An easy 1.5 hour drive north of Santa Fe, traveling through Espinola and Abiquiu, is Ghost Ranch. In 1929, the famous abstract artist, Georgia O’Keeffe, visited Taos at the invitation of Dorthy Brett and Mabel Dodge Luhan. During that visit, she heard about Ghost Ranch and saw for the first time the mesmerizing colors and formations of the hills around Abiquiu. Love at first sight.
Entrance to Ghost Ranch
In 1935, Arthur N. Pack , bought 31,000 acres of what is now Ghost Ranch, moved his wife and four children into a small adobe house. Unfortunately, his wife ran away with the children’s tutor. Pack no longer wanted to live in this isolated, although beautiful, place. He agreed to sell the house and seven acres of land to O’Keeffe. She never owned the Ghost Ranch. Instead, in 1955, Pack sold it to the Presbyterian Church without her knowledge, for which she was outraged and called the interlopers, Preachies, and refused to associate with them.
Beginning around mid-1930′s, O’Keeffe spent her summers at the ranch, painting. Her husband, Alfred Stiglitz (23 years her senior), had many affairs during their marriage, but one in particular with Dorothy Norman, which lasted until his death in 1946, put O’Keeffe in a depression resulting in her hiatus from painting for a number of years. However, the “ranch” gave her solace and colorful landscapes to paint.
Wendy, expert guide on O’Keeffe, at Ghost Ranch, pointing out one of O’Keeffe’s favorite landscape locations.
Windy, tour guide extraordinaire on the Georgia O’Keeffe and Ghost Ranch Tour, coordinated O’Keeffe’s paintings with the actual landscapes. She showed the group a copy of O’Keeffe’s painting so we could compare reality vs. interpretation.
An example of nature vs. O’Keeffe interpretations:
Nature’s small red hills (foreground). A private road not far from the Visitor’s Center and close to O’Keeffe’s home, called Rancho de los Burros, reveals these colorful hills.
O’Keeffe’s interpretation. The hills become the prominent part of the painting.
One of O’Keeffe’s favorite landscapes was Pedernal Mountain. She is quoted as saying: “Pedernal is my private mountain. God told me if I painted it often enough I could have it.” At her request, after she died and was cremated, her ashes were sprinkles on Pedernal Mountain.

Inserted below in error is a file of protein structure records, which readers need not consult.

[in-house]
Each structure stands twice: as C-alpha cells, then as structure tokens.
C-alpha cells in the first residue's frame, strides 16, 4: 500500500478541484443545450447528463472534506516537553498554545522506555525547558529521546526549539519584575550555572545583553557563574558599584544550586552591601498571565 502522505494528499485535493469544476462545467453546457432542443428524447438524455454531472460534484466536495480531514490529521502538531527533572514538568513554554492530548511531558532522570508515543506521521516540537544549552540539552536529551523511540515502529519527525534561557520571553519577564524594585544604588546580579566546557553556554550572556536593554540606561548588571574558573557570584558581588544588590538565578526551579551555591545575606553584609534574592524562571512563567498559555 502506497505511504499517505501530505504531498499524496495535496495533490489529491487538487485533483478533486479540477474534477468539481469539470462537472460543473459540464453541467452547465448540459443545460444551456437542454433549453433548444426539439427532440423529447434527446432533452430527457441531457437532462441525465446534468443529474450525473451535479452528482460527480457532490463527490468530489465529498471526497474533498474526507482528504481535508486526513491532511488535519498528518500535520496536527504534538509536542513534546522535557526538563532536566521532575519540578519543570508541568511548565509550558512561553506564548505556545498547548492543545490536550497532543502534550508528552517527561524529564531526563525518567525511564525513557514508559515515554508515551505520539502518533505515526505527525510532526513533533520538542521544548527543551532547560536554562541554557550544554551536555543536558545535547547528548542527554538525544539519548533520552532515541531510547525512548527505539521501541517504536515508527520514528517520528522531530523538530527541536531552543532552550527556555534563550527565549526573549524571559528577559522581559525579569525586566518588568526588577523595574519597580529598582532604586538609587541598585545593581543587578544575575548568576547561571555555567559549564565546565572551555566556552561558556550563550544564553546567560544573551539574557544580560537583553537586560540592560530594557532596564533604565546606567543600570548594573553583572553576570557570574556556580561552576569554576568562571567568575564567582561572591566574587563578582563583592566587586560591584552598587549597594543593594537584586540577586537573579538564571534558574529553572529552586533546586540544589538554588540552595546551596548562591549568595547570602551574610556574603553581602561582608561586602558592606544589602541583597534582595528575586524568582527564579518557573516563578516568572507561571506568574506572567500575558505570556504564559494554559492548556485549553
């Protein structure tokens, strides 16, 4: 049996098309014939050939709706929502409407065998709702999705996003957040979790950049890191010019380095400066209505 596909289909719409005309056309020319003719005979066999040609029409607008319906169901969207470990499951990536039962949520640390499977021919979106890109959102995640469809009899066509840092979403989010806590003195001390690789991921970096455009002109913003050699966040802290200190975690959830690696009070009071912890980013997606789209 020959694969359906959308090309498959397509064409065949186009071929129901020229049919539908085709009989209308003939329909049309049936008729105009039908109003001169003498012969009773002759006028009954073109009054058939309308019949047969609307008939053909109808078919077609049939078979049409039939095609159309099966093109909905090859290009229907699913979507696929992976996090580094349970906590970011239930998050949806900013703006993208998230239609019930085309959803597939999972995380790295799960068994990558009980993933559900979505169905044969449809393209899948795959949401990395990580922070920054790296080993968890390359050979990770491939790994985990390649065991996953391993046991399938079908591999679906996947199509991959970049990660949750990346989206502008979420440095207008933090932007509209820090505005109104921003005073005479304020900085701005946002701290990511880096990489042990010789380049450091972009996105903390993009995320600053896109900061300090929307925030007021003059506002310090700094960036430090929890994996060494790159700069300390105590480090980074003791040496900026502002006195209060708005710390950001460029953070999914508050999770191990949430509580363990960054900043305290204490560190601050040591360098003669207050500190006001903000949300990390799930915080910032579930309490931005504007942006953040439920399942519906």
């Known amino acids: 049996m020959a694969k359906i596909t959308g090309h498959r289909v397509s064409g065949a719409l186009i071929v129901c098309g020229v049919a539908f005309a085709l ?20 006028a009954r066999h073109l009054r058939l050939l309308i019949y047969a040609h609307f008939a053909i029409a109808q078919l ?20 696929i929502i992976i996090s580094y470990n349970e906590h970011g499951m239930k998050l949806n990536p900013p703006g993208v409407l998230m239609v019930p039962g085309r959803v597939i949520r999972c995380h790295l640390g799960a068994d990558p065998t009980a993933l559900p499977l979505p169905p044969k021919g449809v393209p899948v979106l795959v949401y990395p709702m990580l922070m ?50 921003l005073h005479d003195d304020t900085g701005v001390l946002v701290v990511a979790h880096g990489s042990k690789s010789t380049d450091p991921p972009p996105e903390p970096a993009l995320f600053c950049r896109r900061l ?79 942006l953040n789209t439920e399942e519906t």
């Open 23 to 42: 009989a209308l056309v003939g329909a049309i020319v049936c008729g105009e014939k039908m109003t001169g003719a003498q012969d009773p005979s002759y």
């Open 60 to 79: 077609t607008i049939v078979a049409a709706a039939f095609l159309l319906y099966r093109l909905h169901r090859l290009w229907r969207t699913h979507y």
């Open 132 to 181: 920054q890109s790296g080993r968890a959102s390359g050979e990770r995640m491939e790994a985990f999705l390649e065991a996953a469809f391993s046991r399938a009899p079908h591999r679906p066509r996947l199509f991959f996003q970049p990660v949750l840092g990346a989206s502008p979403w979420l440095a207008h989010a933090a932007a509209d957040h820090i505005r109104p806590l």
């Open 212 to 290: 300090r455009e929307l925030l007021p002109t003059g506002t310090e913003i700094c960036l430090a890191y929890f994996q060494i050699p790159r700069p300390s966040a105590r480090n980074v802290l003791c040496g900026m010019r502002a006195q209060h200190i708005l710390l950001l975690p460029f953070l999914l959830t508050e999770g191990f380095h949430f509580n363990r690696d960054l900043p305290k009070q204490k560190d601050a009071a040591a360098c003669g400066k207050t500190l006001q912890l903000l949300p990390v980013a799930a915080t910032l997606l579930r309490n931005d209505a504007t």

Pedernal Mountain was one of O’Keeffe’s favorite landscape subject.
The focus in this O’Keeffe painting are the red hills. Pedernal Mountain in the background could easily be overlooked.
One more example:
This Cypress tree still stands on the side of the road.
The Cypress tree with hills in the background
In 1973, a strikingly good looking man, Juan Hamilton, arrived at O’Keeffe’s home in hopes that O’Keeffe would give him a job. O’Keeffe did give Hamilton, 58 years O’Keeffe’s junior, a job and began an intimate relationship with him that lasted until her death in 1986 at the age of 98. Hamilton inherited all of O’Keeffe’s wealth and property. However, he relinquished this and her estate established The Georgia O’Keeffe Museum, 217 Johnson Street in Santa Fe and her Abiquiu home which can be visited by reservation. Call (505-685-4539) in advance. Reservations fill quickly.
The Ghost Ranch is more than a memorial to Georgia O’Keeffe. Overnight stays at the Ranch are available. Visitors are welcome to dine in the dining hall. The Ruth Hall Museum of Paleontologyis worth a visit. Many pre-historic bones have been discovered in the area. Ghost Ranch offers classes for art and anthropology.
About the Author:
In 2010, Annie Coburn created Fab Placez. In 2014, she changed the name of her website to FAB Senior Travel to better define her target audience, mature travelers. She publishes travel articles from other writers, as well as her own, in order to provide diversity of locations to match the breadth of FAB’s subscribers’ interests.